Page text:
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Tidewater Builders Association
 Building Trades Academy  

Before you look for a contractor, think your project through from start to finish. Be prepared to tell the remodeler what you want, as specifically as you can. He or she will transform your ideas into reality using his/her expertise and professional knowledge, but only based on how much information you are able to supply in the beginning.

Some items to consider when selecting the contractor for your remodeling job:
First, qualify your contractor…

  • Determine if the contractor’s license status ia appropriate for your size job. Class A contractors can make contracts of any value; Class B contractors up to $70,000; Class C up to $7,500. Require proof of license status (this should be based on your total job estimate).
  • How long has the contractor been in business? Has the contractor had any serious complaints made with
    the Better Business Bureau (531-1300)?
  • Require that the contractor show proof of worker’s compensation & general liability insurance before you
    sign a contract.
  • Request references. Also, ask if it’s possible for you to visit with a current or completed job of the contractor’s. Ask for at least one reference over one year old.
  • Is the contractor a member of any trade association (Tidewater Builders Association and its Remodelers Council, 420-2434; Hampton Roads Chamber of Commerce, 622-2312; National Association of the Remodeling Industry, 703-276-7600 or other)?
  • Are subcontractors used by the contractor properly licensed? Ask the remodeling contractor who will service the remodeling work installed?
Get Specific…
  • Insist on complete specifications before signing a contract.
  • Make sure the contract includes a payment schedule.
  • The contractor’s start date and estimated completetion date should be included in the contract. How will foul weather impact the project? Will you have a vacation or other event that may interfere with the project?
  • Ask the contractor what provisions and policies he employs to assure the safety, security and cleanliness of your home. Make sure these policies and provisions are clearly stated in your contract.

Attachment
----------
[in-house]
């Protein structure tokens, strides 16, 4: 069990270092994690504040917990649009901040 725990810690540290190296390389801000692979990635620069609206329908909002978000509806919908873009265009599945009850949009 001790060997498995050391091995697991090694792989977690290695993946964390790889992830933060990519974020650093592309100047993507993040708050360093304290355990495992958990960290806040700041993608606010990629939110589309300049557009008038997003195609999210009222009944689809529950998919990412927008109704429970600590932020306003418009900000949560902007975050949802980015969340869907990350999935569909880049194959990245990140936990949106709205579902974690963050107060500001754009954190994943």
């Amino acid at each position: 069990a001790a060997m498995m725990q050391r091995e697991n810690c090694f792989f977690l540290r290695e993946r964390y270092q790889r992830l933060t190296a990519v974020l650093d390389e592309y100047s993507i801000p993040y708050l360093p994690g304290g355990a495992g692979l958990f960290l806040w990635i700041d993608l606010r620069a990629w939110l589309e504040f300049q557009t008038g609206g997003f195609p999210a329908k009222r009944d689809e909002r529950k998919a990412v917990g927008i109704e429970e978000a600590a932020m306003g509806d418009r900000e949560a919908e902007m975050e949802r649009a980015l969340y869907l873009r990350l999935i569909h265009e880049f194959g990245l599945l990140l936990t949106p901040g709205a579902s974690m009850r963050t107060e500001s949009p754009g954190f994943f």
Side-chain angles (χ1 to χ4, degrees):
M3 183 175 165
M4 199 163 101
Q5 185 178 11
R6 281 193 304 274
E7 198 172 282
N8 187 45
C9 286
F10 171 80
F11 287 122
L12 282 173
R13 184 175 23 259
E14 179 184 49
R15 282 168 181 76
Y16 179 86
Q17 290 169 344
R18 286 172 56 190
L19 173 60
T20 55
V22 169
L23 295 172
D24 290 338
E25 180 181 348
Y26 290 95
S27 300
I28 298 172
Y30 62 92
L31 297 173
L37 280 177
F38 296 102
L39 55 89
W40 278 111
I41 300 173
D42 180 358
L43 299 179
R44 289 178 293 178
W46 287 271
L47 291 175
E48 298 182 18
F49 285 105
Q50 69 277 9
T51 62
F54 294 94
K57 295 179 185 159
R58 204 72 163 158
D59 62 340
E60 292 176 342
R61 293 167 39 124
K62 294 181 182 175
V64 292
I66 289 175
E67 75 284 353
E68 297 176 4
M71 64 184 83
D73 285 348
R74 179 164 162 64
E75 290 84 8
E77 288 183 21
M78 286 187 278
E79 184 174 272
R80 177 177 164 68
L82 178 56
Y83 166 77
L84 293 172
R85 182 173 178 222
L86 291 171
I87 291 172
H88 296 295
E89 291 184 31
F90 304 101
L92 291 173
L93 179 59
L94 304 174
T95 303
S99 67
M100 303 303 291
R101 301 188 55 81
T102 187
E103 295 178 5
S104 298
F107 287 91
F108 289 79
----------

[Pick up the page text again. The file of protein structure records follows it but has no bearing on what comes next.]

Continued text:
• Who will be your primary contact while the work is being performed, and will the contractor be readily available if there are any problems?
  • What inconveniences will you be subject to and how long for each? Will workmen be using your telephone?
  • What time will the work begin and end each day, and does this include Saturdays? Where will the workmen park? Where will deliveries of materials be designated to unload via trucks, etc.? Will restroom facilities be furnished by you or will the contractor supply a portable toliet? Find out when you will receive warranties for products purchased. Is there a warranty for workmanship in the contract?
Most important…
  • It should be stated in the contract that the contractor must obtain a permit from the city. You should not get the permit. If you obtain the permit, this makes it almost impossible to hold the contractor responsible if any problems occur. The permit initiates inspections from the city to make sure the contractor is performing the work to meet regulations.
Ask yourself…
  • Was the contractor cordial and responsive to my questions?
  • Does the contractor fully understand the scope of the work?
  • Will the contractor be responsible and responsive to my needs?
  • If a discrepancy occurs, do I feel the contractor will promptly address my concerns?
  • If the contractor cannot start at the anticipated time, will I be willing to wait and work within his time frame?
  • Is there a written set of standards the contractor is building by and do I understand exactly what I’m getting?
  • Do I trust this contractor to work on one of my most valuable possessions?
Contact the Tidewater Builders Association Remodelers Council, (757) 420-2434, for a current listing of council members who are active in the remodeling industry. The council network provides information and assistance to the public and increases the skill and knowledge of its members. The council also administers an awards program recognizing outstanding remodeling and workmanship.

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